30th May 2016 – 15.4 miles
Hello, Pennine Way. It’s us again! Three years, new knee, interesting medical adventures, but we’re back.
Three years ago, we abandoned the walk from Dufton to Cross Fell before reaching the ridge as it was knee-deep or more in snow. The problem now was we had to gain the ridge again to get to the Pennine Way.
We camped for a few days at Haggs Bank, near Alston. Today, we drove and parked in the tiny village of Milburn (I wish I’d photographed the school – one small building in the centre of the village square) and headed straight uphill, on a reasonably good path. Once we hit open access land, the going got a little harder, with no visible path over rough ground.
We stopped for a drink, thinking we were making good progress, then checked the GPS and realised we hadn’t gone as far as we thought. A short plod further uphill and we came to a track which we followed around the hill. We had seen some sort of pylon on the horizon and, as we got closer, I remember the map had shown ‘ski-hoist’. Apparently there are currently ski runs on the other side of the hill, but this area has seen better days …
A short way ahead of us, we could see what looked like a road, coming to meet us uphill. I knew that the map had only shown a bridleway and had decided that it looked a longer and harder walk than the one we had taken. We thought it must be a track … but it looked like tarmac. It must be a private road … but there’s a car parked at the top, and a cyclist getting his bike out to ride down! You mean … we could have driven up here, and walked the Pennine Way part without the 2-3 hour slog uphill??? Rather dispirited by this, we had lunch and made a unanimous decision not to loop back a mile to the point we had previously reached but to keep going (maybe one day we will feel guilty enough to do that!).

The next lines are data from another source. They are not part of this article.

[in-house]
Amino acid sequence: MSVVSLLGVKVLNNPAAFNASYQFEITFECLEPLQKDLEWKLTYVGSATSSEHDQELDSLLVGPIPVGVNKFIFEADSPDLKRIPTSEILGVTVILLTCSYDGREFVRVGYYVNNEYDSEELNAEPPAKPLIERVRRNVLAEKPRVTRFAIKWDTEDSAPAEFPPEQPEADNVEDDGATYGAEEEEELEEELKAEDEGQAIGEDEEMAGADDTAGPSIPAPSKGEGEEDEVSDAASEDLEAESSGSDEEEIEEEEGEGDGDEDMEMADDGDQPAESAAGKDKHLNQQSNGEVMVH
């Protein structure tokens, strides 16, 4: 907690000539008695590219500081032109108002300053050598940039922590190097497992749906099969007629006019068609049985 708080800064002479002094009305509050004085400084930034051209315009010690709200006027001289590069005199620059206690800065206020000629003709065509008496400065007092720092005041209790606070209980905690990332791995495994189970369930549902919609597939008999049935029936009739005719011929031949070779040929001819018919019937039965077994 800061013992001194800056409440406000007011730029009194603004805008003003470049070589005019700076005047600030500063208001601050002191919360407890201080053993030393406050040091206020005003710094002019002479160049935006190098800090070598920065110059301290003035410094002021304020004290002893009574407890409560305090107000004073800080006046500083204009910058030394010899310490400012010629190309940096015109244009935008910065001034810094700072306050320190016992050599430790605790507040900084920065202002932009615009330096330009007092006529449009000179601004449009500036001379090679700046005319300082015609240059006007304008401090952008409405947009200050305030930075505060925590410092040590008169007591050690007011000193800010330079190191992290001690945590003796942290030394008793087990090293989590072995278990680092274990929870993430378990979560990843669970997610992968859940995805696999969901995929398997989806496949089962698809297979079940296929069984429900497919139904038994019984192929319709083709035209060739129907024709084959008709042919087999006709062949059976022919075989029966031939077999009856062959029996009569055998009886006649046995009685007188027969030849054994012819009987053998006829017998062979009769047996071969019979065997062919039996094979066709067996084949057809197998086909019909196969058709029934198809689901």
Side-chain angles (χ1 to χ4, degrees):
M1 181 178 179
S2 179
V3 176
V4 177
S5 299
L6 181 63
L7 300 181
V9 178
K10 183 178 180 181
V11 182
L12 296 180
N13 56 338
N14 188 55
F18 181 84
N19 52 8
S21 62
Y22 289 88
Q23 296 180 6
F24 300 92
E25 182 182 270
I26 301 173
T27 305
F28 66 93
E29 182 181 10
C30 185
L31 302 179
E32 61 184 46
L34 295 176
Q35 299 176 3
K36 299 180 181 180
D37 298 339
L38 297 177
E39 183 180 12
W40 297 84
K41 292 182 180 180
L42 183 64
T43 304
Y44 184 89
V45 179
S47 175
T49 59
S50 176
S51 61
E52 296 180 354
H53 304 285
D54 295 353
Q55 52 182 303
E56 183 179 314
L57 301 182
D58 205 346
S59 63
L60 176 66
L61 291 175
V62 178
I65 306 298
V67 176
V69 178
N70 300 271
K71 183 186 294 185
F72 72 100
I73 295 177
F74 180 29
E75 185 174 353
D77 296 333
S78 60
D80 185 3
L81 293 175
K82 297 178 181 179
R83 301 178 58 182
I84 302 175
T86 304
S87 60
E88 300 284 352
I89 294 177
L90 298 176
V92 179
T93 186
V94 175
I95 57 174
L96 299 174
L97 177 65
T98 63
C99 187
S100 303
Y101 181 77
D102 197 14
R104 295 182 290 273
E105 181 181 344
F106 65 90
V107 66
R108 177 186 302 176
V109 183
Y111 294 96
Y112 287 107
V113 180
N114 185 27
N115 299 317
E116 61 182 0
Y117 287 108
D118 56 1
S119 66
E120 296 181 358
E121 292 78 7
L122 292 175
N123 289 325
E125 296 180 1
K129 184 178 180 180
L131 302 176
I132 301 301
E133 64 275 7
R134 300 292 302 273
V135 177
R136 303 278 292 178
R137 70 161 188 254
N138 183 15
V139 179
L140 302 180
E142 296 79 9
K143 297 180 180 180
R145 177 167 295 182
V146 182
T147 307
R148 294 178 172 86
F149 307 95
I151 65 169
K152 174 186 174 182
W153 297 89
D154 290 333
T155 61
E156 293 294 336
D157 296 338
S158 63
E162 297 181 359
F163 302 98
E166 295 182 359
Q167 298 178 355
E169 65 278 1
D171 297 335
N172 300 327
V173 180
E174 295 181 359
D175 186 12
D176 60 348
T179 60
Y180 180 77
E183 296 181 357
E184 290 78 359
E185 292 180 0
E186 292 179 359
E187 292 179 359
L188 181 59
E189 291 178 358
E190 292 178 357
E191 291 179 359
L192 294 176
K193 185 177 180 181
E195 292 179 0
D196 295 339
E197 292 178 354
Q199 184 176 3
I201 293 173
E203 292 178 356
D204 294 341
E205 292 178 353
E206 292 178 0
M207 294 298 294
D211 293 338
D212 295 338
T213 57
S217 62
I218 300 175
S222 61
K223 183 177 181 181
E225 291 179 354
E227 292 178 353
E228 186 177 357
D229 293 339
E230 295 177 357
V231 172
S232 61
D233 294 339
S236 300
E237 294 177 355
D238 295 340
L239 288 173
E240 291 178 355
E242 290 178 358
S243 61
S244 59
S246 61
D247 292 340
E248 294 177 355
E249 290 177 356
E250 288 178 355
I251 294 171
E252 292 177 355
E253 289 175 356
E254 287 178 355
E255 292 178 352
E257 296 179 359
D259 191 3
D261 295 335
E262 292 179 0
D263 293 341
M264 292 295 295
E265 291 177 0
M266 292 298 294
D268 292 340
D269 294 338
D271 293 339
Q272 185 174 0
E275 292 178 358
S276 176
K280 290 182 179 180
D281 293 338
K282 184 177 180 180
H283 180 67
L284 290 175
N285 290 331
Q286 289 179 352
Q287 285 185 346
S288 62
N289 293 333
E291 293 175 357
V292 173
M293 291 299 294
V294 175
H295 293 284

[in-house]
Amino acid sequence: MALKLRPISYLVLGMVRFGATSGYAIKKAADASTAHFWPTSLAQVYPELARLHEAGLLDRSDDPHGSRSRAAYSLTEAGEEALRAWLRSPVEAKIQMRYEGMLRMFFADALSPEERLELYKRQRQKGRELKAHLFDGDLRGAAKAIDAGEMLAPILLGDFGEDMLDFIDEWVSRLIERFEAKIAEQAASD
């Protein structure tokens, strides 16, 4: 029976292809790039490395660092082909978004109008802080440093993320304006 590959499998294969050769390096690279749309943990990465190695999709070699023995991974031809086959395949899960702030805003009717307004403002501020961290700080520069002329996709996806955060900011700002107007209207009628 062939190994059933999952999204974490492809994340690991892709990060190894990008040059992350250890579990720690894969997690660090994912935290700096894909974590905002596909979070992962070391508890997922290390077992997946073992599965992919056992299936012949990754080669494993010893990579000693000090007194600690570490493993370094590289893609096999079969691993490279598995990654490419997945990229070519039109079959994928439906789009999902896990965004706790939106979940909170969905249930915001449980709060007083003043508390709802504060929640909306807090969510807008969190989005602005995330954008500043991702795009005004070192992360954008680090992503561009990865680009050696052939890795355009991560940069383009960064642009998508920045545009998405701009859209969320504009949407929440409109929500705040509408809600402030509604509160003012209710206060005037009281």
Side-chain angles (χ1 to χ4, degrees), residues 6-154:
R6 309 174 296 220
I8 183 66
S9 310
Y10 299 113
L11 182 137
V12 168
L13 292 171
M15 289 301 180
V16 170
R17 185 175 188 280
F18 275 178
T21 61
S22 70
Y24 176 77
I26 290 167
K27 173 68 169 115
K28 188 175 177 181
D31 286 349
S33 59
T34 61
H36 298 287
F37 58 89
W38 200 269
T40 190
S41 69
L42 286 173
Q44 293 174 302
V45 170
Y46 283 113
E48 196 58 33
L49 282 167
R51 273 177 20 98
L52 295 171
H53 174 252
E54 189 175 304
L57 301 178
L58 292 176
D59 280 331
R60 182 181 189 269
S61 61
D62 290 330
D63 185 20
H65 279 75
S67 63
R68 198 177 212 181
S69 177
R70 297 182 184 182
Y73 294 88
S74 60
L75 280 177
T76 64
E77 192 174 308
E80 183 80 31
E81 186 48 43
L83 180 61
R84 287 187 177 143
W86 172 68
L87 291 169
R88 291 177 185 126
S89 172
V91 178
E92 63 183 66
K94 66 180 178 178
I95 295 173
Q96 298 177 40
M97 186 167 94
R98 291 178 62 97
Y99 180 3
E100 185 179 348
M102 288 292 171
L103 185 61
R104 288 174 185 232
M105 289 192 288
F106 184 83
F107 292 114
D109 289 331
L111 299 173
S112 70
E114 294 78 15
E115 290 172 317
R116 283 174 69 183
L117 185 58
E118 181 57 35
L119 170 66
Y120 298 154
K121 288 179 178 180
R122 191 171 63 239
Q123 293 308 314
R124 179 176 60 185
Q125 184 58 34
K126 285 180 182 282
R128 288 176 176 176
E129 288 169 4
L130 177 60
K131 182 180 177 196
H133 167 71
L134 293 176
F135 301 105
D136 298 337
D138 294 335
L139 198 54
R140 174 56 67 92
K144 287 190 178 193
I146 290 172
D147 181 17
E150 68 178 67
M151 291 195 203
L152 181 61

Having finally reached the ridge, the route was clear, although the ridge was now covered in low cloud. We initially followed a broad track, but realised we were heading away from the golf-ball radar station on Great Dun Fell, and retraced our steps a short way.
After this, we were back to the familiar stone flags across slightly boggy ground, to Little Dun Fell with the large stony bulk of Cross Fell looming ahead in the mist.A slighlty rocky route led to the flat top. We were rather glad of the line of cairns to show the way in the mist, although it is so featureless they are probably useful even on a clear day. We reached the shelter, glad to sit down out of the cold wind, having reached the highest point of the Pennines.
Heading north and downhill, we met three separate pairs of walkers, the first (and only) people we saw all day. At a T-junction, the Pennine Way headed right, towards Garrigill. We headed left on a good path and then a track, marked on the map as Pennine Journey. Heading downhill, the cloud cleared and we could see across the Eden Valley toward the Lake District fells, although the views weren’t as clear as last time, in the snow!
We followed quiet country lanes back to Milburn, passing a horse-drawn van, one of several in the area, gathering in readiness for Appleby Horse Fair later in the week.
15.5 miles, of which about 3.5 were actually the Pennine Way!